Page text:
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(COLD WAR: the KENNEDY YEARS – continued)

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COLD WAR: 1961-63 (3 of 7)

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The Berlin Wall Goes Up

After Vienna, Kennedy told columnist James Reston that Khrushchev had attacked him on American imperialism and thought him young and inexperienced because of the Bay of Pigs fiasco. "If he thinks I'm inexperienced and have no guts, until we remove those ideas we won't get anywhere with him. So we have to act." (Kempe, p. 258)

In a speech delivered on nationwide television on July 25th, Kennedy told the American people that he recognized the "Soviet Union's historical concerns about their security in central and eastern Europe" and said he was willing to renew talks. He also announced that he would ask Congress for an additional $3.25 billion for military spending, mostly on conventional weapons. He announced that he wanted six new divisions for the Army and two for the Marines and announced plans to triple the draft and to call up the reserves. Kennedy proclaimed, "We seek peace, but we shall not surrender."

On August 13, 1961, East Germany began closing the border between West and East Berlin, beginning with barbed wire. Ulbricht made a speech blaming his action on West Germany's "systematic plans for a civil war" which he said were "being executed by "revenge-seeking and militaristic forces." Ulbricht said he was closing the border for the "sole purpose" of providing security for East German citizens. The official name for the "Berlin Wall" was the "Anti-Fascist Protection Rampart." (Berlin Wall map with checkpoints)

In Moscow, Khrushchev was looking at what he didn't realize would in the years ahead be a great propaganda defeat for what people in the West called "communism." Khrushchev said that he was aware that critics, "especially in bourgeois societies," would describe the Soviets as having locked down the East Germans against their will, but he excused the border closing as only a "temporary defect," and he drew from ideology in blaming Ulbricht for having failed to more effectively tap "the moral and material potential that would someday be harnessed by the dictatorship of the working classes." (Kempe, p. 329)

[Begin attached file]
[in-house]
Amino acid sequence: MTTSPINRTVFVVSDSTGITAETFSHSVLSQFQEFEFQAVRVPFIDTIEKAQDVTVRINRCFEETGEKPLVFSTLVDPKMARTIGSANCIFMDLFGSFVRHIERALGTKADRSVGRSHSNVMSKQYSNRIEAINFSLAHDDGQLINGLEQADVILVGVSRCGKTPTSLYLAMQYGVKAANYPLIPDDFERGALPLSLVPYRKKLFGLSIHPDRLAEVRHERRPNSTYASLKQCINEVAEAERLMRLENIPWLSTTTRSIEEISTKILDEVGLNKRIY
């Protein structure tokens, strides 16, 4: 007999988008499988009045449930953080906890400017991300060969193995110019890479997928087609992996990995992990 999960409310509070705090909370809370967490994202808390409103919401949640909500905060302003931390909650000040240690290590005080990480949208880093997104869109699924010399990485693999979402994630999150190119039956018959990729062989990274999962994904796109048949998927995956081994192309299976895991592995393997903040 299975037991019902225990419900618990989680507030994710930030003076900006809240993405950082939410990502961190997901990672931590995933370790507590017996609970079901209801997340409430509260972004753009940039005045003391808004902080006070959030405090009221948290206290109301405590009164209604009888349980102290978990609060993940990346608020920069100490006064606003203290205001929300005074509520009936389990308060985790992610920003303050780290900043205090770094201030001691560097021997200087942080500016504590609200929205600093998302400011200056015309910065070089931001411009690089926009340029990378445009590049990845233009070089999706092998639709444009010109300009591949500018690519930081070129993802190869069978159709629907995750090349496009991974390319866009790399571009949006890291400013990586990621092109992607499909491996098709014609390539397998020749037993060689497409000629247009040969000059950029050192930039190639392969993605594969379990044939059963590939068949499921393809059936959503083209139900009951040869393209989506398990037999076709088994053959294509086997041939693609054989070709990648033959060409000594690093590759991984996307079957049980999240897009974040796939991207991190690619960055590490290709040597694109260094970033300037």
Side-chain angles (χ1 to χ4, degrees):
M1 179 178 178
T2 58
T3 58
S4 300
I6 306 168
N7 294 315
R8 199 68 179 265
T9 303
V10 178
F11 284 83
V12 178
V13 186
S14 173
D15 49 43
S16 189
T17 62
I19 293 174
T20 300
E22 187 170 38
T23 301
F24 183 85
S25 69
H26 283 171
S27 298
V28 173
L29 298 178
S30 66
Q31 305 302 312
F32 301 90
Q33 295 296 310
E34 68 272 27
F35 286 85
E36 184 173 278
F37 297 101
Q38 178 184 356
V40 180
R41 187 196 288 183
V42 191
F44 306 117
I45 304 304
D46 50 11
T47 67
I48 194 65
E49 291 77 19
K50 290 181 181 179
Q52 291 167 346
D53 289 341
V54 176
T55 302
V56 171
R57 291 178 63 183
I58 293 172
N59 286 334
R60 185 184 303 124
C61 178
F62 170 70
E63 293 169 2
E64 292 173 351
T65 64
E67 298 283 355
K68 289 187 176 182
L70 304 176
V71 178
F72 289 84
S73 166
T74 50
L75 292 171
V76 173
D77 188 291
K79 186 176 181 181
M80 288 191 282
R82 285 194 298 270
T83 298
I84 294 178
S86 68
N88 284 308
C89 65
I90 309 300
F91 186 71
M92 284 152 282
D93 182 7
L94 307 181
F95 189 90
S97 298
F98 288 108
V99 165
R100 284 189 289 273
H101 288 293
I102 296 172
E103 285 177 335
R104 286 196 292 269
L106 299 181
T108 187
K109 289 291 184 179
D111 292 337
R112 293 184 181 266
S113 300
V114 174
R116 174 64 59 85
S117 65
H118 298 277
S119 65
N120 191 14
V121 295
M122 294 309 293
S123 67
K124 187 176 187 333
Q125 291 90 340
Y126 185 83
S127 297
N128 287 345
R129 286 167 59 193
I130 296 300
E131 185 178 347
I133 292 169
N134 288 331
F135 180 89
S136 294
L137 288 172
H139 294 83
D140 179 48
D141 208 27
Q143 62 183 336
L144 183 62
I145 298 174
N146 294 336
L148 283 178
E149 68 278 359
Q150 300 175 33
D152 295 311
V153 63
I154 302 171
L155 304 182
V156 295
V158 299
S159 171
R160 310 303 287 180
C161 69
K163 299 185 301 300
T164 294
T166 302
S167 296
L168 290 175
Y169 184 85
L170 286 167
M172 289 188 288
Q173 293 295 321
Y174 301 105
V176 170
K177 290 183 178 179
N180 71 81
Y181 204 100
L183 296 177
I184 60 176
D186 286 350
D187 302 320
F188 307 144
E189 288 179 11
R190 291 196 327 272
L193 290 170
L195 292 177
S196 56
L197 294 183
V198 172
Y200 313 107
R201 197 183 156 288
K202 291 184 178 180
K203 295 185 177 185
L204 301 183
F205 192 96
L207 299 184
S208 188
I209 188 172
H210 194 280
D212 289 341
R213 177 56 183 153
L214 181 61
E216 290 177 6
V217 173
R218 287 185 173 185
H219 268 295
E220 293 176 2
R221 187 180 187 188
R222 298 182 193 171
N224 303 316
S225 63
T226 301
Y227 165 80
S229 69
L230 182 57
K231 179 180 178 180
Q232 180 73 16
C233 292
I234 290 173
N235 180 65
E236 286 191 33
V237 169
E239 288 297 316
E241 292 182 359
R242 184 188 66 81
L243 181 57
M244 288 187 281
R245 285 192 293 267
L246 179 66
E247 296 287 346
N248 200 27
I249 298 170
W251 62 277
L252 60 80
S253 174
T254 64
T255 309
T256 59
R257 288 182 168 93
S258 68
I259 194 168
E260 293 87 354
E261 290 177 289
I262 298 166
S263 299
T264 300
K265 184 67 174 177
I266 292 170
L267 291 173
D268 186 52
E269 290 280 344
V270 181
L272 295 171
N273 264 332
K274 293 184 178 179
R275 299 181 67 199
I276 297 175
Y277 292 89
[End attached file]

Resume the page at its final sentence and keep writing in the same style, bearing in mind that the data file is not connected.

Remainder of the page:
There was a rush of people to get out before the border was completely sealed. Families had become separated, and people accustomed to daily crossing into the West to work or pursue their businesses were suddenly more than inconvenienced. Some succeeded in swimming the 30 meters across the Spree Canal.

On the morning of August 24, border police were given instructions to fire warning shots and then shoot to kill. The first of the 100 or so people who were to die trying to cross into West Berlin died that afternoon. He was Gunter Litfin, a twenty-four-year-old tailor who had been living in East Berlin and had his shop in West Berlin. He was shot after failing to stop while trying to swim across the Spree Canal. Another killing that outraged Berliners would come a year later when Peter Fechter was shot and left to bleed to death.

Kennedy asked an aide, Kenneth O'Donnell, "Why would Khrushchev put up a wall if he really intended to seize West Berlin?" Kennedy did not hide his relief and added: "A wall is a hell of a lot better than a war." (Kempe, p. 379)

Khrushchev saw himself as akin to a skilled chess player. He said that war might have broken out if he had miscalculated. He had concluded that Kennedy was not planning to contest Soviet policies regarding East Germany, including the Soviet Union ignoring the agreement at Potsdam that free elections would at some point unite Germany.

Khrushchev pushed what he thought was his advantage. On August 16 he launched military maneuvers that simulated an eruption of war over Berlin, maneuvers that included nuclear-tipped battlefield missiles. He announced that he was ending his three-year moratorium on atmospheric nuclear testing, that the testing would begin in September. Kennedy groaned and said, "F***ed again."

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